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Geological Time - Paleozoic Era
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Paleozoic means "ancient life." The Paleozoic Era dawned about 550 million years ago. There was a great explosion of life in the seas and on dry land during this era. With the exception of rarely preserved soft bodied multicellular organisms, there was no documented complex life before the the Paleozoic Era. By it's close almost 200 million years later (245 million years ago) all of the major groups of animals (phylums) were well represented.

The Paleozoic divided is devided into six periods. During the early Paleozoic Era (Cambrian, The oldest was the Cambrian, Ordovician, and Silurian Periods, a large continent, known as Gondwanaland, was situated ofver the southern polar region. Marine life thrived during this time and invertebrates were especially widespread. Life diversified during the late Paleozoic (Devonian, Carboniferous and Permian Periods). At the end of this time, most of the land was joined in one supercontinent known as Pangea.

The phylum Arthropoda (invertebrates with segmented appendages) was, and still remains, one of Mother Nature's great success stories. The trilobites were the first arthropod to appear in the early Cambrian period and evolved to thousands of species which colonised the sea, land and air during the Paleozoic. They gave rise to modern day arthropods including insects, spiders and crustaceans. All of the trilobites died out at the end of the Paleozoic but the phylum Arthropoda remains the most diverse on Earth today.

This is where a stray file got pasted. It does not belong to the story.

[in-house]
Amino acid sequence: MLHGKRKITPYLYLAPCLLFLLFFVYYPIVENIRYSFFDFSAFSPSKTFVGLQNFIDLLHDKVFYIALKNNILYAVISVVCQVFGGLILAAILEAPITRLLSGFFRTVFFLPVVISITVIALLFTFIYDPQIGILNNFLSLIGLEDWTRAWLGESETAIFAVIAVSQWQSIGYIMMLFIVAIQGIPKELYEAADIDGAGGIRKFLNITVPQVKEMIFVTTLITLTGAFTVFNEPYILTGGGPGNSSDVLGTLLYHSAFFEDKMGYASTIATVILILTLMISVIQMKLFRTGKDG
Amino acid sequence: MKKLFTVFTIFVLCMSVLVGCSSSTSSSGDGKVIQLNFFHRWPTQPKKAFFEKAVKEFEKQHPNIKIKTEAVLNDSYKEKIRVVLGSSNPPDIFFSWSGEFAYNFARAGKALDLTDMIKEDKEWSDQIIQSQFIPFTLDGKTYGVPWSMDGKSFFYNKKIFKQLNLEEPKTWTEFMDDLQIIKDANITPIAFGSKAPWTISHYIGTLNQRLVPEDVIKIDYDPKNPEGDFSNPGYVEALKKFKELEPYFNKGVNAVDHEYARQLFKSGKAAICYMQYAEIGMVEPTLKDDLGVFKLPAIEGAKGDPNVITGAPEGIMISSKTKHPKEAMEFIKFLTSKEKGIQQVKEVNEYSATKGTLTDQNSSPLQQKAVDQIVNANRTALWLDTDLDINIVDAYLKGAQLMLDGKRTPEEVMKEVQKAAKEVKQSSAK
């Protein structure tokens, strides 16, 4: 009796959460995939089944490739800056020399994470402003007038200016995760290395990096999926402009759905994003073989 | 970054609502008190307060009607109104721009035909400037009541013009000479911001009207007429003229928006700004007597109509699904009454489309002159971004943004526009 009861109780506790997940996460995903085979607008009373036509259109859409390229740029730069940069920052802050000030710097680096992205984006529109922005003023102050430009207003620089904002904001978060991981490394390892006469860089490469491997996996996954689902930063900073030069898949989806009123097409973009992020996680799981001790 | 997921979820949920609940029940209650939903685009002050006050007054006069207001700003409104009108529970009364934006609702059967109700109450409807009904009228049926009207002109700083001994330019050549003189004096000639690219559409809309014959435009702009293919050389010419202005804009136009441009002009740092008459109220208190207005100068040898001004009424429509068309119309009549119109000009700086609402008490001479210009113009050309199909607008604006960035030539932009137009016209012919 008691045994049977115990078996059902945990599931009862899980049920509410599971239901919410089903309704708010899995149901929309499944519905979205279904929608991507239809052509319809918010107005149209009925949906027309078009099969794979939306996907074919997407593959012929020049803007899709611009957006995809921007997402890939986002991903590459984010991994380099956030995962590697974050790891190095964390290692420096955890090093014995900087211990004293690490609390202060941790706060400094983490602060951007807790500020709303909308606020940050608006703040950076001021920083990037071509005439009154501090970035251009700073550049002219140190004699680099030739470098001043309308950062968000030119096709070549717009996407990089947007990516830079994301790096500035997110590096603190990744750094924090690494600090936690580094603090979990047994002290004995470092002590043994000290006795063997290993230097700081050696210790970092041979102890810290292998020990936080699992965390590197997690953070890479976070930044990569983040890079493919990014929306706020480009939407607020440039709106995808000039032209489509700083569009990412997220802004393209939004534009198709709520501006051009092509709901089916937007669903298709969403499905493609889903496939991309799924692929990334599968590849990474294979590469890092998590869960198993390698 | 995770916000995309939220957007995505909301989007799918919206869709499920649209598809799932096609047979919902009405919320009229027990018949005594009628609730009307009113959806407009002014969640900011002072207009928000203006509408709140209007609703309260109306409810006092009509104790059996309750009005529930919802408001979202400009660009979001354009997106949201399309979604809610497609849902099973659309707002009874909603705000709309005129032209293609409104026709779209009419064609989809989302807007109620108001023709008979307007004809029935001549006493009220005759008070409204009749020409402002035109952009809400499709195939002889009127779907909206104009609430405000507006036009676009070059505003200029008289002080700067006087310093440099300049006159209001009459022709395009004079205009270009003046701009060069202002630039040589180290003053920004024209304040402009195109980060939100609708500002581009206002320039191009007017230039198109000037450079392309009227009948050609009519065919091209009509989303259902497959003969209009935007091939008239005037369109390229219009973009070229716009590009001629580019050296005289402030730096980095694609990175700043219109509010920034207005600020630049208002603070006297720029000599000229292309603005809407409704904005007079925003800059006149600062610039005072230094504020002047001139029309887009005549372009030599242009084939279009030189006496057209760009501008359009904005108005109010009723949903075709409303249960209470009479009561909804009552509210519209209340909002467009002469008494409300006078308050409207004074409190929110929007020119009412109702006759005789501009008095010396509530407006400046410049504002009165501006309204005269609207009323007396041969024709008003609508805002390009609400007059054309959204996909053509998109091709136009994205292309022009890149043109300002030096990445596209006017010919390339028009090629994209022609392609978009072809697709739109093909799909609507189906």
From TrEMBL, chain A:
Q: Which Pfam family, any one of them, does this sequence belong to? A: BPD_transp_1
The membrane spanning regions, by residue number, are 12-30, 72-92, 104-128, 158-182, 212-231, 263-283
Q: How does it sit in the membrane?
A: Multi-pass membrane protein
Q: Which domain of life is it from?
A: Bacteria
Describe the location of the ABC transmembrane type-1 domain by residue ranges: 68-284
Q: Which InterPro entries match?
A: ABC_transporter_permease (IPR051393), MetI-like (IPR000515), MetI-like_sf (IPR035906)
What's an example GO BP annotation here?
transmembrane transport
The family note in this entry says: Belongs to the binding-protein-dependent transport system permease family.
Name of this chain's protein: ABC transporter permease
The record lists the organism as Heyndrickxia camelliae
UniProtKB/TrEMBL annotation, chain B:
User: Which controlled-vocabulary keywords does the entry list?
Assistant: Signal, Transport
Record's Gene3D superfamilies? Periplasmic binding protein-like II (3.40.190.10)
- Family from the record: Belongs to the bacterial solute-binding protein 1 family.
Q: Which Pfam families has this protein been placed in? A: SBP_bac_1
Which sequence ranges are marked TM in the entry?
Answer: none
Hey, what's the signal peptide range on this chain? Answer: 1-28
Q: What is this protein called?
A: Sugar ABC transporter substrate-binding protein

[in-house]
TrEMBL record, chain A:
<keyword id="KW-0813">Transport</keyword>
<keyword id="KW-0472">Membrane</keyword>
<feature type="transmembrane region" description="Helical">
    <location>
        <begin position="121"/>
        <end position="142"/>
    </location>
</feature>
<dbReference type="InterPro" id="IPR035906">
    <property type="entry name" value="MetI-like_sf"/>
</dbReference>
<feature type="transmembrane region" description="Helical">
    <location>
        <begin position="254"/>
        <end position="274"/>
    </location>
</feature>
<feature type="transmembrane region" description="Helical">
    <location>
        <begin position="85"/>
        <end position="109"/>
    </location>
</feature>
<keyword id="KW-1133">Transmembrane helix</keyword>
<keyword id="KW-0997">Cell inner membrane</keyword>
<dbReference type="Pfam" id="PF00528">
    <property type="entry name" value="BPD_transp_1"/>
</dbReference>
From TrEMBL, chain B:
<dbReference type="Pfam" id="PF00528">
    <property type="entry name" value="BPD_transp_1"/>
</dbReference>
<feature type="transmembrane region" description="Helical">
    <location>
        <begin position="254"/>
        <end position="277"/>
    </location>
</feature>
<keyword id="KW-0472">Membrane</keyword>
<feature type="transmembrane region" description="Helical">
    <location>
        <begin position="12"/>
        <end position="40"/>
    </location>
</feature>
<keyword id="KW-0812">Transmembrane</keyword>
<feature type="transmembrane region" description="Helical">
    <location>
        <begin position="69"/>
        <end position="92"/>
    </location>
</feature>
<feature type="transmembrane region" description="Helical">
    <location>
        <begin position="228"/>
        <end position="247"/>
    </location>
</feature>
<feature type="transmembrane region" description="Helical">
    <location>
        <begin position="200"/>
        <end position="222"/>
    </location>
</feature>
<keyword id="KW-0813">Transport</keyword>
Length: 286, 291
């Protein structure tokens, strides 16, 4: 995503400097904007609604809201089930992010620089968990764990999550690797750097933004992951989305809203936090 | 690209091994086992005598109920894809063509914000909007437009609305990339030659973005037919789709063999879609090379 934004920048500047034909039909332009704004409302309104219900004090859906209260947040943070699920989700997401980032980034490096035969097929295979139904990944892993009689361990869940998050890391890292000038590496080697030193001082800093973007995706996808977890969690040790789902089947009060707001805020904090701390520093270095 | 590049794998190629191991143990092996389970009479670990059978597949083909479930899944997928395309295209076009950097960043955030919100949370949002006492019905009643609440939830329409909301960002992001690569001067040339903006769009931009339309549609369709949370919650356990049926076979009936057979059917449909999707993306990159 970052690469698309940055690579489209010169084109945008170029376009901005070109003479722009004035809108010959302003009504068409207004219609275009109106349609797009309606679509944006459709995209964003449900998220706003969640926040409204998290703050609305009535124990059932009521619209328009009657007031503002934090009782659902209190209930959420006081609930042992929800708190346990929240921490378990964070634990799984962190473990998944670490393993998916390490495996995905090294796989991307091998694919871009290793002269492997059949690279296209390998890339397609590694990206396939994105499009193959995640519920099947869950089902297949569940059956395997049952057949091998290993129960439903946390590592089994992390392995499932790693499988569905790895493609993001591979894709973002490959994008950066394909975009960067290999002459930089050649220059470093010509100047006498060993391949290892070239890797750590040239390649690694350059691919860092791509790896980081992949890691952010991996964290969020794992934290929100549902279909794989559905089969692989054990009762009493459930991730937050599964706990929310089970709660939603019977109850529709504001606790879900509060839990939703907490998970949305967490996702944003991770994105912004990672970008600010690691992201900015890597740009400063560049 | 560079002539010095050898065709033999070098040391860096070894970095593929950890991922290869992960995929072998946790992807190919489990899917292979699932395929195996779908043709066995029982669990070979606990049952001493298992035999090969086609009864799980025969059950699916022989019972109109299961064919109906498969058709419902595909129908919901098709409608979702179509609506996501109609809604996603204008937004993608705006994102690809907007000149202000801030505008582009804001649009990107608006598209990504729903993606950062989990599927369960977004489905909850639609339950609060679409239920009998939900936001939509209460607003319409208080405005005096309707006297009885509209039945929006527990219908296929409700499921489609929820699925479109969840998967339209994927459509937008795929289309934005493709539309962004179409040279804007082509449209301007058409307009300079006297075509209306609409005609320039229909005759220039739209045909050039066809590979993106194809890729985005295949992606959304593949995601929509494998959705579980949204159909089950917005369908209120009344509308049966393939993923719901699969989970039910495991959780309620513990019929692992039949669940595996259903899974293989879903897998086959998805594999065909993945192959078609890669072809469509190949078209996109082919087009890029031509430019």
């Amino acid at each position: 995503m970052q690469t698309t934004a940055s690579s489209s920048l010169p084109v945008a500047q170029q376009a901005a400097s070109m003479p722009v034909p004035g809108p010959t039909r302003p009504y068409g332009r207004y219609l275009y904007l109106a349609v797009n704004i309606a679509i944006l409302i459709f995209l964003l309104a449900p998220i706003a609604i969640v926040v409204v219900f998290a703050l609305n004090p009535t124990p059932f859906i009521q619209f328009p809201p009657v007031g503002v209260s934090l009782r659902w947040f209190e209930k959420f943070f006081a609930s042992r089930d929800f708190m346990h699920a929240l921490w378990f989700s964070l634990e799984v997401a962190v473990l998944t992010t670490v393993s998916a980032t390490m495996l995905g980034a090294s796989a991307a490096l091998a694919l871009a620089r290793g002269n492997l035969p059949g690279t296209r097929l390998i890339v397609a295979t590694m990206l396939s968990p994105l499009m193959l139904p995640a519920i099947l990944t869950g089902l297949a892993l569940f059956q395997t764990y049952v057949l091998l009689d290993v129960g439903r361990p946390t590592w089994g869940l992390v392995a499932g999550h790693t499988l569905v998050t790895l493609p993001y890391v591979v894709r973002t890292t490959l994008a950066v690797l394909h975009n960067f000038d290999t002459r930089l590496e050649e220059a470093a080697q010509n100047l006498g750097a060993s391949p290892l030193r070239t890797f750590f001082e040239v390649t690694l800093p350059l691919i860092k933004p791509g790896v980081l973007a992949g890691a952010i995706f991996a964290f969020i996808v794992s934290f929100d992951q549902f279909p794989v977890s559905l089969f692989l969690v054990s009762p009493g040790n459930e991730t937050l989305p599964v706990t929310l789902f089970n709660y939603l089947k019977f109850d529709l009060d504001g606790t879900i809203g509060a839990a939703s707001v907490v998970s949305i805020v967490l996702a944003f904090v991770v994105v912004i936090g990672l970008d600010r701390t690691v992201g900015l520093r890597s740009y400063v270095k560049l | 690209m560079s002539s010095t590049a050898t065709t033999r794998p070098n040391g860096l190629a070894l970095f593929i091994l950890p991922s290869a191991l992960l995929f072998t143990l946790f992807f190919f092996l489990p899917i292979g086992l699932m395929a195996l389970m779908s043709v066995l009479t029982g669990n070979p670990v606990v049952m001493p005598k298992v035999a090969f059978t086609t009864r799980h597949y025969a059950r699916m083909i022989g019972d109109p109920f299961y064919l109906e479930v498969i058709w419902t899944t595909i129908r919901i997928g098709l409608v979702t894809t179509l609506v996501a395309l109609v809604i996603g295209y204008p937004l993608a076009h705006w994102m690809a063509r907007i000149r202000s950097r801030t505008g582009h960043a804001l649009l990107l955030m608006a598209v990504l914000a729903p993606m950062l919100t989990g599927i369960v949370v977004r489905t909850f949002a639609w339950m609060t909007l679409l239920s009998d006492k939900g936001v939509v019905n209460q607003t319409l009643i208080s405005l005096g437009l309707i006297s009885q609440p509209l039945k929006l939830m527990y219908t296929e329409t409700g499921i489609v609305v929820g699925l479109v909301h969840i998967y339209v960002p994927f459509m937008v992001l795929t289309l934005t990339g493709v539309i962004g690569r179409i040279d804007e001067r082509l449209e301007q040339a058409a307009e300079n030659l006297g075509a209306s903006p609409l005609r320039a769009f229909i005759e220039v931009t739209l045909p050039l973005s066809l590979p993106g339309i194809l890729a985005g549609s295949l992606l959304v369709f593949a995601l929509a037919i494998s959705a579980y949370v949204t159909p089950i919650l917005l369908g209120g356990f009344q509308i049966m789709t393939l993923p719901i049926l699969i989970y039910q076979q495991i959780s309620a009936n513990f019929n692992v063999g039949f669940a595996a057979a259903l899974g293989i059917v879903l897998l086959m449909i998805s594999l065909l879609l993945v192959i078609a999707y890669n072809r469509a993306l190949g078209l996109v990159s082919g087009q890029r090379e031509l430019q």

Most other modern groups of invertebrates have their origins in the beginning of the Paleozoic Era. In addition to the arthropods, there were echinoderms (spiny skinned animals such as starfish), cnidarians (including corals, jellyfish and sea anemones), and mollusks (clams, snails and squids). The first vascular plants appeared during the Silurian Period, about 420 million years ago, and flourished during the Carboniferous.

The first animals with central nerve canal "chordates" appeared in the early Cambrian, about 550 million years ago, marking the beginning of vertebrate life. During the Paleozoic Era, fishes evolved from primitive jawless forms to complex bony types with lungs and specialized fins. Many of the early fishes became extinct before the end of the Paleozoic, but they set the stage for the great step in evolution from fishes to land animals.

The first tetropods (4 legged land vertebrates) emerged onto the land in the late Devonian, about 360 million years ago to feed on the vegetation that had developed. The first were amphibians (meaning "both lives"). They had the ability to live on the land but were dependent on the water for reproduction. Fifty million years of evolution improved the design for better terrestrial locomotion. The development of the hard shell egg eventually freed the amphibians from their dependency on the aquatic environs.

A mass extinctin of much of the life occurred at the very end of the Paleozoic. The few survivors emmerged setting the stage for "middle life" the Mesozoic Era, "The Age of the Dinosaurs."

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